LOS ANGELES — New Los Angeles Unified School District Superintendent Alberto Carvalho presented his 100-day plan to the Los Angeles City Council on April 8 — saying it will include developing a five-year strategic road map that has not existed in the district for more than seven years.
“Without a strategic plan, without a north star, without a journey, how in the world do we know where we must get to and how to get there?” said Carvalho, who began his four-year LAUSD contract in February after leading the Miami-Dade County public schools since 2008.
Carvalho also said he wants to get more teachers in schools immediately, saying there are 400 open positions in “some of the most academically fragile, highest-poverty schools in this district.”
Students in those schools have been taught by substitute teachers in the absence of permanent teachers, Carvalho said, adding that there are about 3,000 qualified teachers available in the area who could fill the gaps.
In addition, the superintendent said the district will launch a new summer school program unlike anything the district has “seen in a long time, if ever.”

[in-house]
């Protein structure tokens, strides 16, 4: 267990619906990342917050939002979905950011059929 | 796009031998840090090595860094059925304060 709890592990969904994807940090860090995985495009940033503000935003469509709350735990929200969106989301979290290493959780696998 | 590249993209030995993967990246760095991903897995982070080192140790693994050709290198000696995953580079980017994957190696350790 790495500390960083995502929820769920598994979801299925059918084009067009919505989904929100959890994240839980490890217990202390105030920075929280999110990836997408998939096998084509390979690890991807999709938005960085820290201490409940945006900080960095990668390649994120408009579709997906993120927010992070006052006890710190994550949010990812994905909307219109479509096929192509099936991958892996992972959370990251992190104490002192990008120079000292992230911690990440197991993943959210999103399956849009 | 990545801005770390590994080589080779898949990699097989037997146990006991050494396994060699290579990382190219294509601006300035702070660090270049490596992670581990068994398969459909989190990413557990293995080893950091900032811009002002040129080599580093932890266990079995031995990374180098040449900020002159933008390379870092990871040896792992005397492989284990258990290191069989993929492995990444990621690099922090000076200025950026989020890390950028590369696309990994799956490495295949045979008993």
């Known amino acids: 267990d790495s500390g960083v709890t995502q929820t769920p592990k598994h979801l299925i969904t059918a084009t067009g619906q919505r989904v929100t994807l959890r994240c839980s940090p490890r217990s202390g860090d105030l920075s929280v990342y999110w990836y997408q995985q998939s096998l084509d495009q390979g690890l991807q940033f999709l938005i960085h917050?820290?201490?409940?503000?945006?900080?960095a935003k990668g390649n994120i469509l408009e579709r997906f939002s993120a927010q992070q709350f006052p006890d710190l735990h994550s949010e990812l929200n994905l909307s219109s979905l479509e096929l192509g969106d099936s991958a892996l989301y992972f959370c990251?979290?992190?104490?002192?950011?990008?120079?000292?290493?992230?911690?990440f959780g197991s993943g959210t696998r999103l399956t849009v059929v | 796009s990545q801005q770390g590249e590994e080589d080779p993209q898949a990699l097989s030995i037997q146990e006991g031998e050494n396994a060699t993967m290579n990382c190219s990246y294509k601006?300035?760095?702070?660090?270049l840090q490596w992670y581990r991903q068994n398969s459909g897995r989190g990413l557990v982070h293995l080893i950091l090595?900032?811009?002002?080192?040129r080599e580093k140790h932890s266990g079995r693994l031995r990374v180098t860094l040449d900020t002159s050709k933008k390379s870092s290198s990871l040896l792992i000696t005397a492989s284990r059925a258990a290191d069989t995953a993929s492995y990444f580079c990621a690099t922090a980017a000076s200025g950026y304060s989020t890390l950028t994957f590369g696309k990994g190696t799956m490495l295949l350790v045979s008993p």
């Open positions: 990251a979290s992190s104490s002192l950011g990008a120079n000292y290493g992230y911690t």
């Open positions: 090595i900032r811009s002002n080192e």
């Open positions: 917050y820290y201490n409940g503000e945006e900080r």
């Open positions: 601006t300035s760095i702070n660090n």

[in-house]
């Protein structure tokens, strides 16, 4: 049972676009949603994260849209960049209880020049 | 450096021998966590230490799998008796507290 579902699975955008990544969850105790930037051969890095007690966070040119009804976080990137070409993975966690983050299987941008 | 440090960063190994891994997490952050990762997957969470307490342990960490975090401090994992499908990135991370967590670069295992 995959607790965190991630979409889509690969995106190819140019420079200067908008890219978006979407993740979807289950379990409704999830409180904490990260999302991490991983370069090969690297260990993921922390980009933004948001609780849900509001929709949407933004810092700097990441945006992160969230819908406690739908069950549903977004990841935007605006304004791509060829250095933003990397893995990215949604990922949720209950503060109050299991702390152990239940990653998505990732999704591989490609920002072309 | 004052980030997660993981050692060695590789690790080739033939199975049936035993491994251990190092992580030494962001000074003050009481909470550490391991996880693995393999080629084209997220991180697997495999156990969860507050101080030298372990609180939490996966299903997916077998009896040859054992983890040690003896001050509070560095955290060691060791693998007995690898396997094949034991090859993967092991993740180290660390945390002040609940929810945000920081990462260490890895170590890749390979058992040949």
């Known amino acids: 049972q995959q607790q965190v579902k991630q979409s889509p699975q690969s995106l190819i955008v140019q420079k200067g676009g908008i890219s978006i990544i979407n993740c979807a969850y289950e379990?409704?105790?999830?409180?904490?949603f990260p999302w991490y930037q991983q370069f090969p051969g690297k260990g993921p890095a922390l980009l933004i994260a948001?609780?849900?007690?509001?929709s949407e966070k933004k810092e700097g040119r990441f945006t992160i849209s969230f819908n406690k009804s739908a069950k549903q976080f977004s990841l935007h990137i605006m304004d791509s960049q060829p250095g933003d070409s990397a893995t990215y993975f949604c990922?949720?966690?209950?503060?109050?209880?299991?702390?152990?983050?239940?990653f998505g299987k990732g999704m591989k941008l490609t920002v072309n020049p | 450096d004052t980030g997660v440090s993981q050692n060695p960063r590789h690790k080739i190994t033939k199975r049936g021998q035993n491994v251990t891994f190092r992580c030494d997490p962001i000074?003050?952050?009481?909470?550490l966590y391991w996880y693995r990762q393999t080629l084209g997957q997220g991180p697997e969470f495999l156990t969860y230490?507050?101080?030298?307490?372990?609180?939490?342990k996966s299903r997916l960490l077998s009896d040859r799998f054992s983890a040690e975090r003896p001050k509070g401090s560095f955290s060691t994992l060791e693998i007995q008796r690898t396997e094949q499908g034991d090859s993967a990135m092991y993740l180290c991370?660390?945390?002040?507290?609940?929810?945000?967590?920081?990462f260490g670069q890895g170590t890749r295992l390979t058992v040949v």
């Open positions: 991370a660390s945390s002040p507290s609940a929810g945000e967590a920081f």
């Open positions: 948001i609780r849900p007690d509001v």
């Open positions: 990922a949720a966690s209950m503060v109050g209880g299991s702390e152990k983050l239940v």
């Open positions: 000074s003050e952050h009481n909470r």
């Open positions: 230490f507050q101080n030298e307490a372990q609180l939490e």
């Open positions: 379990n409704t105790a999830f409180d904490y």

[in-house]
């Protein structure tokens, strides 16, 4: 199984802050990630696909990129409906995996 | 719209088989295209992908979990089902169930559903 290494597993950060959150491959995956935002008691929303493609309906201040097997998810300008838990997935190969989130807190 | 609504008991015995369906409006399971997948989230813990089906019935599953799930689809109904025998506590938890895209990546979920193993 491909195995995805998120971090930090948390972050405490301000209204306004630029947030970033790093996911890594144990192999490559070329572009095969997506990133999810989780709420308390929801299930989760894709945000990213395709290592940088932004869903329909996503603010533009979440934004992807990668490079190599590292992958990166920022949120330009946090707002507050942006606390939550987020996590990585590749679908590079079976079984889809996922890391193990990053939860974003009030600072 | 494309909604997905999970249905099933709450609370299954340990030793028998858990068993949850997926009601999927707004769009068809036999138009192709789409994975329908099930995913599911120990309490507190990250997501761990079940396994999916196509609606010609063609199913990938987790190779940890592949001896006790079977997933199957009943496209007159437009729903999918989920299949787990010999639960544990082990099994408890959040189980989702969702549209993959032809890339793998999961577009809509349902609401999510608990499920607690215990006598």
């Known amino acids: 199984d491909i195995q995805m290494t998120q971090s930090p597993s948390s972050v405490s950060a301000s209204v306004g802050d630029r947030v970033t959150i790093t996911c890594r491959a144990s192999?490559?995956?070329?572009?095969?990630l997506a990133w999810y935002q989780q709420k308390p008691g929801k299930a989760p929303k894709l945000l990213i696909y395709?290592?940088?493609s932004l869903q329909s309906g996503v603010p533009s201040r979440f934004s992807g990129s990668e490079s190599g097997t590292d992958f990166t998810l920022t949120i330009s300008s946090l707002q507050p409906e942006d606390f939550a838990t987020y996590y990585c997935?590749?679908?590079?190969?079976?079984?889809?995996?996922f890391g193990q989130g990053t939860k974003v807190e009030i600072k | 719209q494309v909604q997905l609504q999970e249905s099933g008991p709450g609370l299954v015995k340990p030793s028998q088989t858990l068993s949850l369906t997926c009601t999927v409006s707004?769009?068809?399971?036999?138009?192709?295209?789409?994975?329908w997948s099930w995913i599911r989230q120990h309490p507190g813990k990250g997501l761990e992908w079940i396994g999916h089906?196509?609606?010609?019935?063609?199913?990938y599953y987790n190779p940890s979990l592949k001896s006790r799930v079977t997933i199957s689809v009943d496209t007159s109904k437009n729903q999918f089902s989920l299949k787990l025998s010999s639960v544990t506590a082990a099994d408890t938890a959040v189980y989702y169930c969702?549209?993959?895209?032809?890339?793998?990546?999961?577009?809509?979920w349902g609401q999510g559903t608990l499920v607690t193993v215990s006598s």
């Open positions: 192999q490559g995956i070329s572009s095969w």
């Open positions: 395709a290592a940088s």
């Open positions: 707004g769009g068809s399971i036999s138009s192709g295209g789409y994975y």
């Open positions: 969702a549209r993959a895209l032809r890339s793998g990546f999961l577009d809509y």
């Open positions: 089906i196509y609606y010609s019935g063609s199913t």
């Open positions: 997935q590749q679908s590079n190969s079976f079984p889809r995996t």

Carvalho also spoke about closing the achievement gap between students of different ethnicities and socioeconomic backgrounds. He said the district’s efforts will specifically target English-language learners and Black students, who he said “dwell in terms of performance.”
“This is unacceptable,” he said.
Carvalho added that the district would prioritize staffing “first rather than last” for schools with disproportionately high numbers of Black students, as well as provide additional tutorial programs and ensure that students have access to the digital resources they need.
He also said the district would work to harness philanthropic funding in Los Angeles for a cultural arts passport initiative for students. He described the initiative as a “guarantee that every single child in Los Angeles has equitable access to artistic venues, to culture, to museums, to the outdoors. That we will do as a guarantee for students. ”
Carvalho also spoke about how the school district and city officials can work together on guaranteeing “safe passage” for students, which he described as making sure “students do not have to walk through conditions that are degrading and impactful and traumatic to children.”
He said his vision for this safe passage includes “a radius of protection specific to homeless encampments around schools.”
The city council passed an ordinance last year to prohibit sleeping, sitting, camping, or obstructing the public right of way within 500 feet of “sensitive” facilities, including schools, daycare facilities, parks, and libraries.
The city can enforce chosen locations once the council passes location-specific resolutions.